Source: Oxford Dictionaries
“Altruism” refers to the theory or practice of putting the well-being of others before one’s own. In other words, “altruism” is the virtue of doing good deeds without expecting any benefits in return, as described in studies of various cultures and religions. The word can be traced back through different languages, from the French noun altruisme; to the Italian adjective altrui “other person”; to the Latin term alteri huic, meaning “to this other”.
In philosophy, “altruism” is the opposite of “egoism”, that is, the view that people’s actions are driven by self-interest. However, some disagree on whether these concepts are mutually exclusive, since doing good for others often comes with the side effect of personal gratification. Interestingly, the term “altruism” is also used in zoology to define the behavior of an animal that benefits others at its own expense (e.g. monkeys that sound alarm calls when predators are near, warning their troop of danger while simultaneously drawing attention to themselves).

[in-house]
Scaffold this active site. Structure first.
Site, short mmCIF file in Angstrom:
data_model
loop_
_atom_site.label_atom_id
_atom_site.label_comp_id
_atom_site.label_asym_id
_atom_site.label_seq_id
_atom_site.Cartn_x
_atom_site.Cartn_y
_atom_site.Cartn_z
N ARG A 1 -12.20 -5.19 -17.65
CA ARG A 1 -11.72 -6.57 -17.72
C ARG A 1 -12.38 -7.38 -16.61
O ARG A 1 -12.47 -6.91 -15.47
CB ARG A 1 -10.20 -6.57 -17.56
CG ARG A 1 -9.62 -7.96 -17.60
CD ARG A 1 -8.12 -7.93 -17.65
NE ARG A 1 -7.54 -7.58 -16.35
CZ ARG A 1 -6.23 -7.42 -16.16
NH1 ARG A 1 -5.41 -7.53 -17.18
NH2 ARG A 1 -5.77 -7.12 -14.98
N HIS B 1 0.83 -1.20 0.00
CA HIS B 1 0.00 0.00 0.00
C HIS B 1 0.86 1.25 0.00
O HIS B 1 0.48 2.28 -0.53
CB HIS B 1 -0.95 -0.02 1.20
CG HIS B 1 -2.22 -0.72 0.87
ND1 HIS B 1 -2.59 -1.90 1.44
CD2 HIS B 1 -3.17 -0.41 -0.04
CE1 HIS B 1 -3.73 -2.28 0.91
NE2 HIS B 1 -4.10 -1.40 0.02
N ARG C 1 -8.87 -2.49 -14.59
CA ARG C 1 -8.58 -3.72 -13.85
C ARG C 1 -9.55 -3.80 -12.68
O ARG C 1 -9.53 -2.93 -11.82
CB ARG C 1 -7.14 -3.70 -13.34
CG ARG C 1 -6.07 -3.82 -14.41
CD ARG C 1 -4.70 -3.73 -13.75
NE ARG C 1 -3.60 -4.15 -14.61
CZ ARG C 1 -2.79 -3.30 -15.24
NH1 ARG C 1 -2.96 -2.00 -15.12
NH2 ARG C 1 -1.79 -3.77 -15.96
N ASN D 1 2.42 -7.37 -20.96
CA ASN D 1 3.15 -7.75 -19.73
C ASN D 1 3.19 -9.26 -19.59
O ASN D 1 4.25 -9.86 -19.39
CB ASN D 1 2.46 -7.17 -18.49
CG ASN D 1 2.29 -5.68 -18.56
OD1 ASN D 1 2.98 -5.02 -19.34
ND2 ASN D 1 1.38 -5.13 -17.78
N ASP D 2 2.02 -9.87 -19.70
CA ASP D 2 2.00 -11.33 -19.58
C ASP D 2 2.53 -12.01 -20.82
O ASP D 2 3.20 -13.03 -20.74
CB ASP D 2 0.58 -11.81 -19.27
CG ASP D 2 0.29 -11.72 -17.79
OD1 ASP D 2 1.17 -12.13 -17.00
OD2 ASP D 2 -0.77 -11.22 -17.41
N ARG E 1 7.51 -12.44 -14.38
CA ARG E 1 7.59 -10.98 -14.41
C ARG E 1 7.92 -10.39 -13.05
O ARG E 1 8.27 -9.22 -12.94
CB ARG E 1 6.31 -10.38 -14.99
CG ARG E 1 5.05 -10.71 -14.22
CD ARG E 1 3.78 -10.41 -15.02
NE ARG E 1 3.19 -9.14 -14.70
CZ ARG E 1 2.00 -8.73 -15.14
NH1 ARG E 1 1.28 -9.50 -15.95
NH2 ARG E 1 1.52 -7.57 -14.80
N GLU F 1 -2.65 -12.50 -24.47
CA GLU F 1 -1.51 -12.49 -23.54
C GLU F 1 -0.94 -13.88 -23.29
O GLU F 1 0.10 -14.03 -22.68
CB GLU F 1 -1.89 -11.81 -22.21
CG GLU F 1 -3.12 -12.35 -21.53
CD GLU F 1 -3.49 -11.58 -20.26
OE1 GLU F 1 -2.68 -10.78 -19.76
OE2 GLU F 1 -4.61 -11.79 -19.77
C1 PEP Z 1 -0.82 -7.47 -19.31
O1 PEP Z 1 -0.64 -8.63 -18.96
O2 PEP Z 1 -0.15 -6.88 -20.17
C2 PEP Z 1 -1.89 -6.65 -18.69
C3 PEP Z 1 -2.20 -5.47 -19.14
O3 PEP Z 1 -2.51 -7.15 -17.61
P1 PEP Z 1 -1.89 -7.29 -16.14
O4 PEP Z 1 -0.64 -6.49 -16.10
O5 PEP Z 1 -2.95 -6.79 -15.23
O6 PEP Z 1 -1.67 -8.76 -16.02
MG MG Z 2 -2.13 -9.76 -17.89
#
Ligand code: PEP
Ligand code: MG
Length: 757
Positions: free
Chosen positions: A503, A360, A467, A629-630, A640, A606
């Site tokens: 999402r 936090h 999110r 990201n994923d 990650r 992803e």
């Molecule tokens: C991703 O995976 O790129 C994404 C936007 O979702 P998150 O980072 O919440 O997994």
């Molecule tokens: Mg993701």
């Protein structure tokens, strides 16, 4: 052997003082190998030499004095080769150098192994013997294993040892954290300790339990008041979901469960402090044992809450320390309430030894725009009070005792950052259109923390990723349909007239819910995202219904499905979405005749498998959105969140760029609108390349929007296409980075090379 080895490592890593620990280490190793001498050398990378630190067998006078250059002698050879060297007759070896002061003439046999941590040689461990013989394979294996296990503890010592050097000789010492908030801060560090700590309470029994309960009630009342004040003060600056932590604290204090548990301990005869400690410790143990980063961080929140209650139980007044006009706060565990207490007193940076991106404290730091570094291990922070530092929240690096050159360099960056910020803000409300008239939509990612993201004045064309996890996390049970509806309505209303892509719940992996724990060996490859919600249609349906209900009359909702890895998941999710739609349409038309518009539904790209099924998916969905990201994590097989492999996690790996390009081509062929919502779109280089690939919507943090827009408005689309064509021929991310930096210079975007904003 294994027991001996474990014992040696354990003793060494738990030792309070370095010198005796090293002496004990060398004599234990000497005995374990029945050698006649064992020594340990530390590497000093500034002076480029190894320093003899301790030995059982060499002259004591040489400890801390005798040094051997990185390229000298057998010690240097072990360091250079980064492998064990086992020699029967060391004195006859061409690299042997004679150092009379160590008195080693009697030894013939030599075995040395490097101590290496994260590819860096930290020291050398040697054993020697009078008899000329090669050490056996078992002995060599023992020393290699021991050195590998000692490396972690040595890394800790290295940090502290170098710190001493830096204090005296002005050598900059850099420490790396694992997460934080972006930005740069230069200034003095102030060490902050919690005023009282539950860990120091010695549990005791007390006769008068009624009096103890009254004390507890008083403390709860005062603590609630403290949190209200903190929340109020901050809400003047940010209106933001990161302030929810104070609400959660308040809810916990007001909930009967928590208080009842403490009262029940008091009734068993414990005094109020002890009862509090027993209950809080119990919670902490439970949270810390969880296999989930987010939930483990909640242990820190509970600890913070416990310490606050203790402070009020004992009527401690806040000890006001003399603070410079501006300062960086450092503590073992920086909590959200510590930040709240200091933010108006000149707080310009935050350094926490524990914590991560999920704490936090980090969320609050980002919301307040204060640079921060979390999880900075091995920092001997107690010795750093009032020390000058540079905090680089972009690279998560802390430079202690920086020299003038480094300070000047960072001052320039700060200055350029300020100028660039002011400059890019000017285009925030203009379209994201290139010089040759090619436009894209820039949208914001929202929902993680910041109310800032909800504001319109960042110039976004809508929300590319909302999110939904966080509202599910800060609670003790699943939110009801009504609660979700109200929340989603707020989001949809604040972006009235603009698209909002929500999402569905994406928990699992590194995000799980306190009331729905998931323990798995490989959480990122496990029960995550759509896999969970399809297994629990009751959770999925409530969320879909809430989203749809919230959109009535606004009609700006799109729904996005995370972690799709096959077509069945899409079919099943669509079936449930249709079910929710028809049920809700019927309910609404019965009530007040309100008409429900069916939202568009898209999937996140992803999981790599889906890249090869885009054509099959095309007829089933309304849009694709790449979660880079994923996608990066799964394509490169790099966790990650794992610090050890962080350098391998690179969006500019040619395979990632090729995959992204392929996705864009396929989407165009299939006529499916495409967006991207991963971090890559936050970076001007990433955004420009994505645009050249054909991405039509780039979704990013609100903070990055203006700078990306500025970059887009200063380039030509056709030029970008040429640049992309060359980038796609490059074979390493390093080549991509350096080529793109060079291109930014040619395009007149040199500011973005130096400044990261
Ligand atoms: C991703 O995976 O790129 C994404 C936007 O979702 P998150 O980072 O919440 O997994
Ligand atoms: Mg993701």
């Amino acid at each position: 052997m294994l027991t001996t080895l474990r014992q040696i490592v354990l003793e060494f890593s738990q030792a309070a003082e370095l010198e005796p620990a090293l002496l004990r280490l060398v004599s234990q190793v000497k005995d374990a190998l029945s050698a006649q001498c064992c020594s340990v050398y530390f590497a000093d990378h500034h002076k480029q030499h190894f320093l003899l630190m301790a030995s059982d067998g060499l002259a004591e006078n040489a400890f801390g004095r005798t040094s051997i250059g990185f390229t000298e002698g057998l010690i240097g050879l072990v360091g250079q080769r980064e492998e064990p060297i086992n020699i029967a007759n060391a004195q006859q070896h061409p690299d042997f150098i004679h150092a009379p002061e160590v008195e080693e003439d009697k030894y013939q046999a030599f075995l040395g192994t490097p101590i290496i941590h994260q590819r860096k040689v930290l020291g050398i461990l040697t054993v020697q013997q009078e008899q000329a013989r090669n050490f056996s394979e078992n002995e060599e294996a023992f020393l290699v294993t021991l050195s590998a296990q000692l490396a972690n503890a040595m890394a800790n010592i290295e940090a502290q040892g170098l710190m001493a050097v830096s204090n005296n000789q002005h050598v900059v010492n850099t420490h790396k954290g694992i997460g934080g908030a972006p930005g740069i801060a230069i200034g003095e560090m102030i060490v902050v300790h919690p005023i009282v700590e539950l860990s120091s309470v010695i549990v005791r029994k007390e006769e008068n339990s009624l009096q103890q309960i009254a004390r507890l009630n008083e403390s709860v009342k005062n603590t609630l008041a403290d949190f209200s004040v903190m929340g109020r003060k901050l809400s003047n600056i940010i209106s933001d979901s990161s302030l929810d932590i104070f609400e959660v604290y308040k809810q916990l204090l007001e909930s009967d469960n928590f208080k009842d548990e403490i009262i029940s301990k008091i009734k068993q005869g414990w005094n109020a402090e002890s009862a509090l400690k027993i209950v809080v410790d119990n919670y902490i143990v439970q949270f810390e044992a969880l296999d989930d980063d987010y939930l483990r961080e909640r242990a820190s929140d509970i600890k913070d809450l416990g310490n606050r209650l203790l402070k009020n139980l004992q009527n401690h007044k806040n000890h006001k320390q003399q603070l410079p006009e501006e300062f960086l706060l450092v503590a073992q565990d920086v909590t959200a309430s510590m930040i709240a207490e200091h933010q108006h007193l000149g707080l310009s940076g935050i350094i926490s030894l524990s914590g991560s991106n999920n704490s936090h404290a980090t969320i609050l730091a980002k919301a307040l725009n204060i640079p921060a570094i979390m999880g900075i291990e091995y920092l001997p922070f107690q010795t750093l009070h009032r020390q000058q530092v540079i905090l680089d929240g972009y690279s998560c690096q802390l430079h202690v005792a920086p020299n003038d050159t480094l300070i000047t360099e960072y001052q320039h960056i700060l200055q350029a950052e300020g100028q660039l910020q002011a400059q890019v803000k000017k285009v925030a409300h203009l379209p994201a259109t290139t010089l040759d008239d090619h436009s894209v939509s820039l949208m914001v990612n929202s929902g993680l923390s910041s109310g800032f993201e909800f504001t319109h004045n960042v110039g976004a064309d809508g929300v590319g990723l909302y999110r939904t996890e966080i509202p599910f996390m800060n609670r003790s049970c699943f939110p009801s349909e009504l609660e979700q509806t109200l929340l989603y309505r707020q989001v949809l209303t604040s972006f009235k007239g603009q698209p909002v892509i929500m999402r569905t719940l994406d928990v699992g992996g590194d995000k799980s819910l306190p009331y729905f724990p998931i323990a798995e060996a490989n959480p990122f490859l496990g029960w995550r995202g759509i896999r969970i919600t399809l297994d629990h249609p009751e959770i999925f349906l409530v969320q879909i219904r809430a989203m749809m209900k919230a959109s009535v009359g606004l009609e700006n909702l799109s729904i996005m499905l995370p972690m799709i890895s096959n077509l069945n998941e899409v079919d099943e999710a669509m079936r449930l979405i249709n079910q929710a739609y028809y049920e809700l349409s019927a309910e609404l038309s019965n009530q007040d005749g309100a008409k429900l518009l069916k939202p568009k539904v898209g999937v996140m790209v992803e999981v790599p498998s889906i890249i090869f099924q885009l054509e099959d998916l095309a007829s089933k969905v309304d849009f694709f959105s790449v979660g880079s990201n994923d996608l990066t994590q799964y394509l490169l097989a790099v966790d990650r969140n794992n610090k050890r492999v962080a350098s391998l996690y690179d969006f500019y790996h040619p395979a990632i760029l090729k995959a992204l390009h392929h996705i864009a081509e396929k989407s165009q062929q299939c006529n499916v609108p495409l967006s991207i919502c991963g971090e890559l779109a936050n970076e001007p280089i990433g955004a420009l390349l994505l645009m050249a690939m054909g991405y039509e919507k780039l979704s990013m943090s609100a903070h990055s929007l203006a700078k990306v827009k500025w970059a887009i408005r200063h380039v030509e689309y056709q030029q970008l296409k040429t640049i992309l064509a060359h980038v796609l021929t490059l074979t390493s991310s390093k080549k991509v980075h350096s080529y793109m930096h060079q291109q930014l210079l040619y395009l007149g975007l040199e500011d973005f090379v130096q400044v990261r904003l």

Because of the weight it carries as a scientific and/or religious concept, the word seems to me like an even more virtuous form of “selflessness”. While a “selfless” person does good mostly for people closer to them, an “altruistic” person has a natural tendency to put the welfare of others in general before their own. That’s not to say these synonyms can’t be used interchangeably, of course; this is simply my own interpretation. In any case, “altruism” is usually a great character trait for a narrative’s hero, so it may be a good word to know for your writing, especially if you write adventure stories. A truly admirable protagonist is often a selfless one!
What are your thoughts on this word? Any suggestions for future “Word of the Week” featured words?